More recent immigrants have achieved a higher level of education than immigrants in previous decades, a new report issued by the Washington-based Brookings Institute says.
“When looking at the net gains of 2010-2018 foreign-born adults (age 25 and above), 61 percent were college graduates, compared to 33 percent among the native-born population,” says the report, US Foreign-Born Gains are Smallest in a Decade, Except in Trump States, written by Brookings senior fellow William Frey.
Although arrivals from Mexico continue to make up the largest segment of immigrants, increased numbers in the last few years have also been recorded from Latin America and Asia.
The report additionally indicates that contrary to popular opinion, immigration on average has declined in the last 5 years, from more than 1 million people in 2013-14, to just over 202,000 in 2017-18.
The states where many of the immigrants have located tend to be states that Donald Trump won in the 2016 presidential election, continues the Brookings report, with both Texas and Florida seeing what is defined as a “high concentration” of new arrivals at near 14 percent.
Arizona, Colorado, and New Mexico saw what is described as a “medium concentration” of anywhere from 5 to 13.7 percent.
Low concentration states were primarily located in the Deep South and upper Western states of the Dakotas, Montana, and Wyoming.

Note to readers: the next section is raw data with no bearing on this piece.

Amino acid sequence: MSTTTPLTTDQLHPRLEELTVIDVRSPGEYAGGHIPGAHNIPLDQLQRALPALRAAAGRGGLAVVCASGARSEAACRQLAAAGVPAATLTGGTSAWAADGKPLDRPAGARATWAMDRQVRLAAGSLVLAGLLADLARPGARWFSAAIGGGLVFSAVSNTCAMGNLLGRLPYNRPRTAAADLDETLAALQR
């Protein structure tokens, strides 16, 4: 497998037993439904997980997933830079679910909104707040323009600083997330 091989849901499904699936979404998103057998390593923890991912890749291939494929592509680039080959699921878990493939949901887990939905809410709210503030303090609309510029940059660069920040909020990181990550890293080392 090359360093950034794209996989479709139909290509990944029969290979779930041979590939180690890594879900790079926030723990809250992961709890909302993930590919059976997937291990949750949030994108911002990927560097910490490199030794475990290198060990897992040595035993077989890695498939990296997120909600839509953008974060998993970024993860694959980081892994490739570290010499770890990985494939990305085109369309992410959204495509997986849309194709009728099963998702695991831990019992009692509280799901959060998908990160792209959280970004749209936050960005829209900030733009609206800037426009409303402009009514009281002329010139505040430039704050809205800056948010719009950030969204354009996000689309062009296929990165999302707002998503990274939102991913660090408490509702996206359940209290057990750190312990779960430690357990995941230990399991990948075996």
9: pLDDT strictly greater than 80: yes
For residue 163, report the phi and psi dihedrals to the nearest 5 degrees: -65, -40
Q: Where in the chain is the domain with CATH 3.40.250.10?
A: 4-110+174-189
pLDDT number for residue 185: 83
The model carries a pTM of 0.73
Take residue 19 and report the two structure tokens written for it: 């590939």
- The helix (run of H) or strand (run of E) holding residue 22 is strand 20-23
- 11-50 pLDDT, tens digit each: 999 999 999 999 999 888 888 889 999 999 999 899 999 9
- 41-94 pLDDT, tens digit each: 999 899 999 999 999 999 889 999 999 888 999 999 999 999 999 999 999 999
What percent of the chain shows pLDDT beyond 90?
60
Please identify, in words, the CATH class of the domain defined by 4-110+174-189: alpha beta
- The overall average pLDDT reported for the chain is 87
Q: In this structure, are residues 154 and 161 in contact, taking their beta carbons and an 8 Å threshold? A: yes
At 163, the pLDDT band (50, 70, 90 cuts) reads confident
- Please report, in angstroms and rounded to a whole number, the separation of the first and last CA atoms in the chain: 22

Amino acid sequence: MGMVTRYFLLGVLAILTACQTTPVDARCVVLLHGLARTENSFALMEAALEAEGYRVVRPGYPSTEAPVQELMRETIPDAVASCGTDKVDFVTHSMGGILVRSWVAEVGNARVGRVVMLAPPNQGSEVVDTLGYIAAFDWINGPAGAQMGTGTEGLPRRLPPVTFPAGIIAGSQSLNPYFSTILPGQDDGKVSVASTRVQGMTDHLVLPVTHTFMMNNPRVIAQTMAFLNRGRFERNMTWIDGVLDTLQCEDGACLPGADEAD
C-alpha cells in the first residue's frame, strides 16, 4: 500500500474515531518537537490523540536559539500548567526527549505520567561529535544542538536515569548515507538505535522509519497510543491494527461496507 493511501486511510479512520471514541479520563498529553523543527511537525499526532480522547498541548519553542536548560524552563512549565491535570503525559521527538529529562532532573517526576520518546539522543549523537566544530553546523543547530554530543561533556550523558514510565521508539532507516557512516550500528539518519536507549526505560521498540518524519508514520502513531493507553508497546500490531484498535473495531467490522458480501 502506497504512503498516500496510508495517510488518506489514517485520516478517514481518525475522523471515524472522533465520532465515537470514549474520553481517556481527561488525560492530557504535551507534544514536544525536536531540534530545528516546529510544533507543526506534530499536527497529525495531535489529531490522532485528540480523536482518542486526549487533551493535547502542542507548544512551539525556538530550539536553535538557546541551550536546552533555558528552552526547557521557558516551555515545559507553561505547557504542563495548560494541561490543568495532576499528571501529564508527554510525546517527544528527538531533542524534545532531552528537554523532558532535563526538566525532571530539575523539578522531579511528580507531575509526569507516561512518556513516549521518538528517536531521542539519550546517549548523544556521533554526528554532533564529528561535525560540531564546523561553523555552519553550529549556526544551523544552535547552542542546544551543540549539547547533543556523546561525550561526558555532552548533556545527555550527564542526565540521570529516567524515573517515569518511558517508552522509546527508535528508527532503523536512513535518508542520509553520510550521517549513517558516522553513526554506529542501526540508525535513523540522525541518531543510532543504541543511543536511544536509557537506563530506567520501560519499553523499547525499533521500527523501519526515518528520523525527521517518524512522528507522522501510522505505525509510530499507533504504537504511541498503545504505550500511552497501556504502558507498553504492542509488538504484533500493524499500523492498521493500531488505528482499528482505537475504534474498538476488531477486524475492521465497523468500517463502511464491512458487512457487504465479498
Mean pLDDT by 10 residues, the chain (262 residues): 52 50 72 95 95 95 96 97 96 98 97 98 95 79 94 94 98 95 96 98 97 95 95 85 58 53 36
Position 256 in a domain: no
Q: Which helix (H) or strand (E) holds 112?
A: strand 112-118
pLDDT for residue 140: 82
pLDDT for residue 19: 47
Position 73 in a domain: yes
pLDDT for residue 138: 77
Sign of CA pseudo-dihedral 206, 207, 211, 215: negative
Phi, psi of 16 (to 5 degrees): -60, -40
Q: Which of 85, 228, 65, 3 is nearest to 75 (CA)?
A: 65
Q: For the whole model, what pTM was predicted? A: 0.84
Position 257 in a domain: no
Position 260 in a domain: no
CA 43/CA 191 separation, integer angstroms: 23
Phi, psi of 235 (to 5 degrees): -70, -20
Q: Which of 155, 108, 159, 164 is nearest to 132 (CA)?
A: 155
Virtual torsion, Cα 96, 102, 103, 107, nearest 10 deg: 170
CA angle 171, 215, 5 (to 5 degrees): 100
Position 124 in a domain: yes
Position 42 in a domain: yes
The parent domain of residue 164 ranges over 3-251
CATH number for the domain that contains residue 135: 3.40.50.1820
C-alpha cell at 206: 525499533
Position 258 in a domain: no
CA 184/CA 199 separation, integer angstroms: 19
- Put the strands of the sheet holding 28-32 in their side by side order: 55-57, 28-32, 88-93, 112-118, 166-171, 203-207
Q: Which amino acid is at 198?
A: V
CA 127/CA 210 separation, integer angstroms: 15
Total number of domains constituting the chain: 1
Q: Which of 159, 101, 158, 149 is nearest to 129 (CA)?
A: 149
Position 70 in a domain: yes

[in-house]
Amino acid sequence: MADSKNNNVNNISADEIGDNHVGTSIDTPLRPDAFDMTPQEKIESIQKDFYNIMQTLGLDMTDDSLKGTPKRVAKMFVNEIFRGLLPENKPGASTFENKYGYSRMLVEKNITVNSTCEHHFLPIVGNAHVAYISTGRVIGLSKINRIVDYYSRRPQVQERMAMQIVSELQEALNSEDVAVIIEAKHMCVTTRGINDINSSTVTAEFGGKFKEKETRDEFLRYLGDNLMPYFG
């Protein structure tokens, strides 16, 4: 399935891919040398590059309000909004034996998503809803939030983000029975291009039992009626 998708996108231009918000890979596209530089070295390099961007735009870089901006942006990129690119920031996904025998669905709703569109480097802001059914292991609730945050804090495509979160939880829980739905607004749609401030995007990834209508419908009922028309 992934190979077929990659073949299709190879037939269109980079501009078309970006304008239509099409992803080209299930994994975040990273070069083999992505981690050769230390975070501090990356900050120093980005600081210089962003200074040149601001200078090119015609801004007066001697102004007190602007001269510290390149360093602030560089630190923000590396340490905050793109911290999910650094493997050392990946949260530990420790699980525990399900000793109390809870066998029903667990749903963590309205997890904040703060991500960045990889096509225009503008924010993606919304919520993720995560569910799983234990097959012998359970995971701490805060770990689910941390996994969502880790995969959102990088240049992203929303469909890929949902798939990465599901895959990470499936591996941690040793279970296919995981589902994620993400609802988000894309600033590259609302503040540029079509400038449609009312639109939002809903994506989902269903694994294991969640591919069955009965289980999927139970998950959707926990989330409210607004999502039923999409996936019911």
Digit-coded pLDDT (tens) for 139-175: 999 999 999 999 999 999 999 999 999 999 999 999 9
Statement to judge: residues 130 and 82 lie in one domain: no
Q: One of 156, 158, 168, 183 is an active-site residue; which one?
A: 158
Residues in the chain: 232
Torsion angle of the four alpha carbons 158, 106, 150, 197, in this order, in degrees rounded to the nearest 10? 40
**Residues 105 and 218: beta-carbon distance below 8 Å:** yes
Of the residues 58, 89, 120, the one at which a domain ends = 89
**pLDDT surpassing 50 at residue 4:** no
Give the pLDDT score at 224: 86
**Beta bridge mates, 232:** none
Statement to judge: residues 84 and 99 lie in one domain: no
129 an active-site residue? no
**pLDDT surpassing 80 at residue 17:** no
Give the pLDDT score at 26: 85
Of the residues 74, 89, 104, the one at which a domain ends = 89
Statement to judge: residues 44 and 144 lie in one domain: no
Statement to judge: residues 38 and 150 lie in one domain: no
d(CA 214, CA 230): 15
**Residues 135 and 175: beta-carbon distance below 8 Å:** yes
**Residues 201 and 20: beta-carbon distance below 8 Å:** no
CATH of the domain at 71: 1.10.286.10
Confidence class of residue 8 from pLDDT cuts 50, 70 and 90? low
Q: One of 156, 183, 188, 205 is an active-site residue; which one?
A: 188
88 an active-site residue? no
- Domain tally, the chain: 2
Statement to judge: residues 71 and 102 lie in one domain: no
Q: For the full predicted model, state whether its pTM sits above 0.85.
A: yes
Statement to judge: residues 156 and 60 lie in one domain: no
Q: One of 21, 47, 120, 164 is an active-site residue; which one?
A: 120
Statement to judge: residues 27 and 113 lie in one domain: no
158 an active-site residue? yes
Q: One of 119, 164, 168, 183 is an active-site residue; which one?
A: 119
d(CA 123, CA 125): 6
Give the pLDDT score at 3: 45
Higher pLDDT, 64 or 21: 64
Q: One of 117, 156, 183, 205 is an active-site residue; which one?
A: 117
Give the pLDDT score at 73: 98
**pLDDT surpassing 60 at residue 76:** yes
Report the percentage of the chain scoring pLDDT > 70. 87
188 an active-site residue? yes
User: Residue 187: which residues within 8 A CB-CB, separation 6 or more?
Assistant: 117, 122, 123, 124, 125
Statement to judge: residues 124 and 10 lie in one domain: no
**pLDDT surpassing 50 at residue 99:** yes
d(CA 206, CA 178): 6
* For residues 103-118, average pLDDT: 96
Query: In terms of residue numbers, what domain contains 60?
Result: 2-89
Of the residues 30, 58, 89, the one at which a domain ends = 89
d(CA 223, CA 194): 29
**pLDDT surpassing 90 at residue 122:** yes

Because the education level of more recent immigrants has increased, notes the Association of General Contractor’s Data Digest, the U.S. construction industry may “continue to have trouble finding foreign-born craft workers.”
A report issued last year by the National Association of Home Builders noted that immigrant workers made up nearly 25 percent of the overall construction workforce, and an even higher 30 percent in the construction trades.
That report also showed that the construction trades with the highest percentage of immigrant labor included plasterers and stucco masons, drywall installers, carpet and floor installers, brick masons, and both stonemasons and brick masons.
By Garry Boulard
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